Pope Adrian IV
by Alan Frost
The only English pope was born Nicholas Breakspear, c.1100, near St. Alban's, and rose from impoverished obscurity and monastic rejection to Papal Office
A curious thing that you notice quickly about the only English pope is a trio of 'firsts'. Nicholas Breakspear was the first English pope, was born near the place of execution of the first English martyr, and he took his name from Pope Adrian the First. Yet, ironically, in his early years he was denied entry into the great Benedictine house at St. Alban's, by its abbot Richard d'Essai.
We do not know the exact date Nicholas Breakspear was born, but there is general agreement it was in 1100. Improbably, among a clutch of modern houses in the village of Bedmond near St. Albans, is a small plaque recording the spot as his birthplace, historically in the parish of Abbots Langley. The houses were built after the destruction of the 300-year old Breakspear farmhouse, which had been a place of formal religious pilgrimage for many years, right up until the sixties. Not far away up the hill that once dominated Verulamium, was the great Benedictine Abbey of St. Alban's (also destroyed, at the Dissolution), with its imposing cathedral church (second longest nave in the country) built by its first abbot Paul of Caen in the late 11th . Here, the teenage Nicholas tried to gain entry after his limited schooling, but was not considered able enough.
His background was very poor, and the probability is he spent some time begging with his father, Robert, a clerk, who was accepted as a lay-brother, and later monk, of the abbey, abandoning his son to his own devices. Young Breakspear for some years received the alms (the original 'dole') that were given to the local poor at the Abbey gatehouse. By such desperate measures and using his wits, he survived to pursue learning in one of the major scholastic centres across the Channel. This is a time before the emergence of Oxford and Cambridge, and it was to places like Paris, Chartres, Orleans, Lieges and Arles that young Englishmen looked for learning.
It has to be said at this point that scholars differ as to the history of the young Breakspear, even to disputing his father being called Robert (rather than Richard).
Though he is recorded as 'Robert' in St. Alban's Cathedral where he is buried, along with the first eleven abbots, 'Adam the Cellarer' and the surgeon to King Edward III (the remains were translated there after the original tombs were discovered in 1978), the problem lies with the fact that two important medieval sources (William of Newburgh and the 13th Century monk and chronicler of the Benedictine Abbey, Matthew Paris) are seen as relying too much on gossip, wih the latter prone to elaboration in his passionate promotion of the abbey. An earlier source from letters by a friend and contemporary of Adrian IV, John of Salisbury, is seen as important but far from comprehensive. To these we can add the respected records of Cardinal Boso (another contemporary, died 1178) and Bernard Gui (Dominican Prior in Carcassone 1297-1301), an expert in the ecclesiastical history of Provence, where Nicholas Breakspear would become known to the Curia.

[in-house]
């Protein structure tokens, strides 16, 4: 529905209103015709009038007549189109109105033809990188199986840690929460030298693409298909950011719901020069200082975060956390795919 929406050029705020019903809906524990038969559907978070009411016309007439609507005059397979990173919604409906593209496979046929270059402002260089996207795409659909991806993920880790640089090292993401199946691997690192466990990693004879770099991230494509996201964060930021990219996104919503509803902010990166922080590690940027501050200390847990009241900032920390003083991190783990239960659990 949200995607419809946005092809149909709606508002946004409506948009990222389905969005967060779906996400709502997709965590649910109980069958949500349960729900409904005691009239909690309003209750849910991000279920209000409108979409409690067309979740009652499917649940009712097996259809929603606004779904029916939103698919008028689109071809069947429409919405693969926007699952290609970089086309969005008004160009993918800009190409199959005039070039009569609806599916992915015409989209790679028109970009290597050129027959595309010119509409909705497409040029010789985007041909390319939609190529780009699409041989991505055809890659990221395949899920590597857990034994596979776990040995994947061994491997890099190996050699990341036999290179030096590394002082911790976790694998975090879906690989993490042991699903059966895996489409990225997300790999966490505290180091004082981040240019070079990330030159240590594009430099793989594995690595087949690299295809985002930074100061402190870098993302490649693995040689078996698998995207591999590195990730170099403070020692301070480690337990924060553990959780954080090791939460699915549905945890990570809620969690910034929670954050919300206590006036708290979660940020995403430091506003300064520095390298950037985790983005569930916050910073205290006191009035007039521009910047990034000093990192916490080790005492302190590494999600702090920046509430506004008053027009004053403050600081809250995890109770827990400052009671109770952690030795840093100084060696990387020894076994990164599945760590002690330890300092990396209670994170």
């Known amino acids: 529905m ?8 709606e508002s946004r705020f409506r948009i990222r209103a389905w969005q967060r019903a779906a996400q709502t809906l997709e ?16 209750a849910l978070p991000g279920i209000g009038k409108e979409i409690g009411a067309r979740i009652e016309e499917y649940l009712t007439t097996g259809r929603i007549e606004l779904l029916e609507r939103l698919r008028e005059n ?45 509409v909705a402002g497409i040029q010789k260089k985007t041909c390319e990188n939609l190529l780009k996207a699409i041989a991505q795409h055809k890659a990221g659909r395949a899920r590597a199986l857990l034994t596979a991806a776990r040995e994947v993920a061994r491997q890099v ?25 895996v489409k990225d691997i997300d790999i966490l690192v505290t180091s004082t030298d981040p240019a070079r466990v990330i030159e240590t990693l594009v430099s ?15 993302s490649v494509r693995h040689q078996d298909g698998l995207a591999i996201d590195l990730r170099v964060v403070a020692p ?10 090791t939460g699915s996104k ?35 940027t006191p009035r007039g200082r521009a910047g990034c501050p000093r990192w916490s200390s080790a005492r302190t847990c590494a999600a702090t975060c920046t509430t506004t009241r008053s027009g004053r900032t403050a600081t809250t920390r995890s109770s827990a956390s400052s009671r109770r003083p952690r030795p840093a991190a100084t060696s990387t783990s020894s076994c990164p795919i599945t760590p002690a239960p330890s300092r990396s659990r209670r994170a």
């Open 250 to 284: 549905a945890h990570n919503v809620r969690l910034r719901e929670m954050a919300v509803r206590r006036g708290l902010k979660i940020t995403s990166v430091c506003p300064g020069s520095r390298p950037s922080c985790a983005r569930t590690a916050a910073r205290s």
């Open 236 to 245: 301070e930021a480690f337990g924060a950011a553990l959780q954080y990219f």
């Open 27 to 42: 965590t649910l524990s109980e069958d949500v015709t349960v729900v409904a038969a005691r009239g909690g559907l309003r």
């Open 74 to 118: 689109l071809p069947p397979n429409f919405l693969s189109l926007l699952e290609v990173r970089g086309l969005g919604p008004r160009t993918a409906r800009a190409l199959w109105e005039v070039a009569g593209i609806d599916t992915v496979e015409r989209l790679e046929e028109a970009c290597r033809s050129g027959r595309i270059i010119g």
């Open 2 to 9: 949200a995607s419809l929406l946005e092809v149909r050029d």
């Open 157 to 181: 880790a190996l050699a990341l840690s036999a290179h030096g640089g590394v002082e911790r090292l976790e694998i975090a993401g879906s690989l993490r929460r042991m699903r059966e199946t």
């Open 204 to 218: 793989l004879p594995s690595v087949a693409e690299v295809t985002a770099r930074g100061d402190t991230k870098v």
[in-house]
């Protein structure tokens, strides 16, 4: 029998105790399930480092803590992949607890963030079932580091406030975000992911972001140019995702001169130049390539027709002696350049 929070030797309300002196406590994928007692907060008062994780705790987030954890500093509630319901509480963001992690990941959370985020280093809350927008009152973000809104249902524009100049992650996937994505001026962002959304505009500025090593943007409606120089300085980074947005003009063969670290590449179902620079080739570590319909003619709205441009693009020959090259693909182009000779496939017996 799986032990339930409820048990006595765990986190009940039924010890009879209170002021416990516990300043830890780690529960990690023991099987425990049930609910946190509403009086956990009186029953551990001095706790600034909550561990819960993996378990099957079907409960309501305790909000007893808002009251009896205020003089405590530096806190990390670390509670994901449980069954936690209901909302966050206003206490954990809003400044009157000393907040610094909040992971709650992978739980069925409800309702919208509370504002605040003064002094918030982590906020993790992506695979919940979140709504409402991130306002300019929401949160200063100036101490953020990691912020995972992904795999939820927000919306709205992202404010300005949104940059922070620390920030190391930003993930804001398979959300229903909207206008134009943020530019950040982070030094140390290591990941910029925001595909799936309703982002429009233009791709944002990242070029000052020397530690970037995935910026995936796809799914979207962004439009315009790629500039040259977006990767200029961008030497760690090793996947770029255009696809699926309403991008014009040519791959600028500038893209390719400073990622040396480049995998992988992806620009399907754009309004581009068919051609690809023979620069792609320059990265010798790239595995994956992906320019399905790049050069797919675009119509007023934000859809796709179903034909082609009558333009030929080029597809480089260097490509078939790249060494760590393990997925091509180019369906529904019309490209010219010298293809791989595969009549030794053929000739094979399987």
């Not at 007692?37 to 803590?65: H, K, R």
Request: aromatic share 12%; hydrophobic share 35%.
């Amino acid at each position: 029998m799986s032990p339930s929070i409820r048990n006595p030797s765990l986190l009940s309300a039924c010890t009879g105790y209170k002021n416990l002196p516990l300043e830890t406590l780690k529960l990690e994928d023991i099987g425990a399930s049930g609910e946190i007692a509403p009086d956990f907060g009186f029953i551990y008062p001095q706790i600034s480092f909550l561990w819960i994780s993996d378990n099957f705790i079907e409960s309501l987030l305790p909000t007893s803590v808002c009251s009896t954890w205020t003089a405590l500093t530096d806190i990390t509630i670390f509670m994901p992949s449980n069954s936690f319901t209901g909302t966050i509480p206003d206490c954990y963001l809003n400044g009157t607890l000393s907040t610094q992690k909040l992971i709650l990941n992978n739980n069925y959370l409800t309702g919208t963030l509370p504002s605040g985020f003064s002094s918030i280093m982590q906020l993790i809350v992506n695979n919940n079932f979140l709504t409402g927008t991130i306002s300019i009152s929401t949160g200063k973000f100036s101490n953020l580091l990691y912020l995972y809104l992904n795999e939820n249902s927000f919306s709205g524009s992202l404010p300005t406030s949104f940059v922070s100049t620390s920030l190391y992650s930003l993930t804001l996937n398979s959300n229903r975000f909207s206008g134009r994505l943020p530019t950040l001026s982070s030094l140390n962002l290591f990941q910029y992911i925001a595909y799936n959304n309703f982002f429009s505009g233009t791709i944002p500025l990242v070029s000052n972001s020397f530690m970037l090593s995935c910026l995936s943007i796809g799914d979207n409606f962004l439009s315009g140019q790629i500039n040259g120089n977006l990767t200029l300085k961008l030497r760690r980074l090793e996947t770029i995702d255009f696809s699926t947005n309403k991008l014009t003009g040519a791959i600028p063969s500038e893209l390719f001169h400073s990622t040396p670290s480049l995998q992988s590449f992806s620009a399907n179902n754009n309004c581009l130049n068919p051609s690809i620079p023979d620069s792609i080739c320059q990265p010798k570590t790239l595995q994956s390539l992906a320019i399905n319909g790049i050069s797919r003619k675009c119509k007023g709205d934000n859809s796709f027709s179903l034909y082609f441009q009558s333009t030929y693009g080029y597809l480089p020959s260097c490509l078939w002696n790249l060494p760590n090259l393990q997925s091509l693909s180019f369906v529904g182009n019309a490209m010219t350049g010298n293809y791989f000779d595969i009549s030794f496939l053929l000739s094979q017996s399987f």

Allowing for no more than the probability that Nicholas studied for a time in Paris, he later travelled to Arles, where he helped out at the House of the Augustinian canons of the Order of St. Rufus (Saint-Ruf), renowned as a learned order, and received tuition from the monks. This introduction to the order helped him to finally become a Canon Regular himself at St.-Ruf abbey near Avignon (not Valence as some state, even Gui). And soon, after such humble and difficult origins, Nicholas was impressing his confreres, so much so that they elected him first their prior, perhaps around 1140, and then, probably in 1143, their abbot. There is a reference to Nicholas as abbot of Saint-Ruf in a papal letter of January 1147. Moreover it is not unreasonable to infer that Nicholas was at the Council of Rheims in March 1148 and that Pope Eugenius (who called the Council) might have had a word with him concerning the situation in Catalonia and the continuing Muslim occupation of former centres of Chrisitianity.
For it was only a couple of months later that Nicholas was in Catalonia at the siege of Tortosa (the Muslims were finally driven out by December 1148). Nicholas was there in his capacity as abbot because there was a sizeable, but threatened, presence of the Saint-Ruf Order in Catalonia, and Nicholas wished to extend and strengthen this presence. He was only there a short while, but in fact the influence of the Order did significantly grow among the Catalan nobility and the church hierarchy.
However, before and during his absence, the monks of his abbey, whose Order already enjoyed a less harsh regimen than others (with regard to diet and the material of which the cowls were made), became discontent. They found the strictness of Abbot Nicholas as he sought to improve discipline and proper observance of the rule not to their taste. They collected a body of so-called evidence disputing his fitness to be abbot, and eventually presented this to the Pope, Eugenius III. Their first attempt to dislodge him failed, and indeed the Pope, himself a Cistercian, after hearing the English abbot's skilful defense against the accusations, was convinced the charges were unfounded. Indeed the Pope came to hold Nicholas in some esteem.
The monks put forward a second complaint, and the English abbot was summoned again, but the Pope saw quite clearly what was going on. And we with hindsight can perhaps see the finger of the Holy Spirit further directing the path of Nicholas's life. For Eugenius III granted their request to elect a new abbot, but with the words "I know who raises this storm: it is Satan. Go and choose one with whom you can or rather will live in peace." As for Nicholas, he kept him in Rome and then made him Bishop of Albano in Italy and a cardinal in 1149. We can with some confidence date his consecration to December 17th., and there is a recorded last act by Nicholas as abbot in early December 1149.